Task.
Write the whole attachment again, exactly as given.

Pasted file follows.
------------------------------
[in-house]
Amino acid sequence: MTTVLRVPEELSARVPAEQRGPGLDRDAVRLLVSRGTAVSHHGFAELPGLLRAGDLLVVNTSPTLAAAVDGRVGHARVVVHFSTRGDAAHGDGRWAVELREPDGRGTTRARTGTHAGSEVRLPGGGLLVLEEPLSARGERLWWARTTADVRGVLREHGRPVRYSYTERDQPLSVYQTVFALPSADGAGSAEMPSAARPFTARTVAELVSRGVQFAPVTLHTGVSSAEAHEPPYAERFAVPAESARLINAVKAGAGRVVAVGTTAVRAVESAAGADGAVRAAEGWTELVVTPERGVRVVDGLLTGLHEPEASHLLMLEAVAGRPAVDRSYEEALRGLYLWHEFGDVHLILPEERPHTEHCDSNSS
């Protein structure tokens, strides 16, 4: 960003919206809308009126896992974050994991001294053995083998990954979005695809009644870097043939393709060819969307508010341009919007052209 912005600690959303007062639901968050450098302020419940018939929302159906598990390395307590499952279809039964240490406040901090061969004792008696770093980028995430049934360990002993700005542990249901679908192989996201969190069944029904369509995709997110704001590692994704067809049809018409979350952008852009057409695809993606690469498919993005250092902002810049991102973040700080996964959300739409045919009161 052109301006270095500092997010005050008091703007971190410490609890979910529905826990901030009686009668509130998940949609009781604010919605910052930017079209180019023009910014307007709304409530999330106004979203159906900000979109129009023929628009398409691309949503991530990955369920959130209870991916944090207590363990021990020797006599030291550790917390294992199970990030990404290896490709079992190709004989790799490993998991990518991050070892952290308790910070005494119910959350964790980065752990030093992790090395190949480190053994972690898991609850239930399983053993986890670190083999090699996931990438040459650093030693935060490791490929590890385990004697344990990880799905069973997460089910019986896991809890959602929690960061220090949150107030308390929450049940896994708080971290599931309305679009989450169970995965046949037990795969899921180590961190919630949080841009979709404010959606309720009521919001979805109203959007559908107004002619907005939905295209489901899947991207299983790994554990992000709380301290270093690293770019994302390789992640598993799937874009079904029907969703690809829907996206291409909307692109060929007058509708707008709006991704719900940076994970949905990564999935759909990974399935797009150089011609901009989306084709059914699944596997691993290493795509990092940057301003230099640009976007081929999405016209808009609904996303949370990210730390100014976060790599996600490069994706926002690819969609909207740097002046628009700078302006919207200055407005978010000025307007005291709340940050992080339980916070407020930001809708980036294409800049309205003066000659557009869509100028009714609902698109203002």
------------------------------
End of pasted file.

[in-house]
Amino acid sequence: MTTVLRVPEELSARVPAEQRGPGLDRDAVRLLVSRGTAVSHHGFAELPGLLRAGDLLVVNTSPTLAAAVDGRVGHARVVVHFSTRGDAAHGDGRWAVELREPDGRGTTRARTGTHAGSEVRLPGGGLLVLEEPLSARGERLWWARTTADVRGVLREHGRPVRYSYTERDQPLSVYQTVFALPSADGAGSAEMPSAARPFTARTVAELVSRGVQFAPVTLHTGVSSAEAHEPPYAERFAVPAESARLINAVKAGAGRVVAVGTTAVRAVESAAGADGAVRAAEGWTELVVTPERGVRVVDGLLTGLHEPEASHLLMLEAVAGRPAVDRSYEEALRGLYLWHEFGDVHLILPEERPHTEHCDSNSS
């Protein structure tokens, strides 16, 4: 960003919206809308009126896992974050994991001294053995083998990954979005695809009644870097043939393709060819969307508010341009919007052209 912005600690959303007062639901968050450098302020419940018939929302159906598990390395307590499952279809039964240490406040901090061969004792008696770093980028995430049934360990002993700005542990249901679908192989996201969190069944029904369509995709997110704001590692994704067809049809018409979350952008852009057409695809993606690469498919993005250092902002810049991102973040700080996964959300739409045919009161 052109301006270095500092997010005050008091703007971190410490609890979910529905826990901030009686009668509130998940949609009781604010919605910052930017079209180019023009910014307007709304409530999330106004979203159906900000979109129009023929628009398409691309949503991530990955369920959130209870991916944090207590363990021990020797006599030291550790917390294992199970990030990404290896490709079992190709004989790799490993998991990518991050070892952290308790910070005494119910959350964790980065752990030093992790090395190949480190053994972690898991609850239930399983053993986890670190083999090699996931990438040459650093030693935060490791490929590890385990004697344990990880799905069973997460089910019986896991809890959602929690960061220090949150107030308390929450049940896994708080971290599931309305679009989450169970995965046949037990795969899921180590961190919630949080841009979709404010959606309720009521919001979805109203959007559908107004002619907005939905295209489901899947991207299983790994554990992000709380301290270093690293770019994302390789992640598993799937874009079904029907969703690809829907996206291409909307692109060929007058509708707008709006991704719900940076994970949905990564999935759909990974399935797009150089011609901009989306084709059914699944596997691993290493795509990092940057301003230099640009976007081929999405016209808009609904996303949370990210730390100014976060790599996600490069994706926002690819969609909207740097002046628009700078302006919207200055407005978010000025307007005291709340940050992080339980916070407020930001809708980036294409800049309205003066000659557009869509100028009714609902698109203002």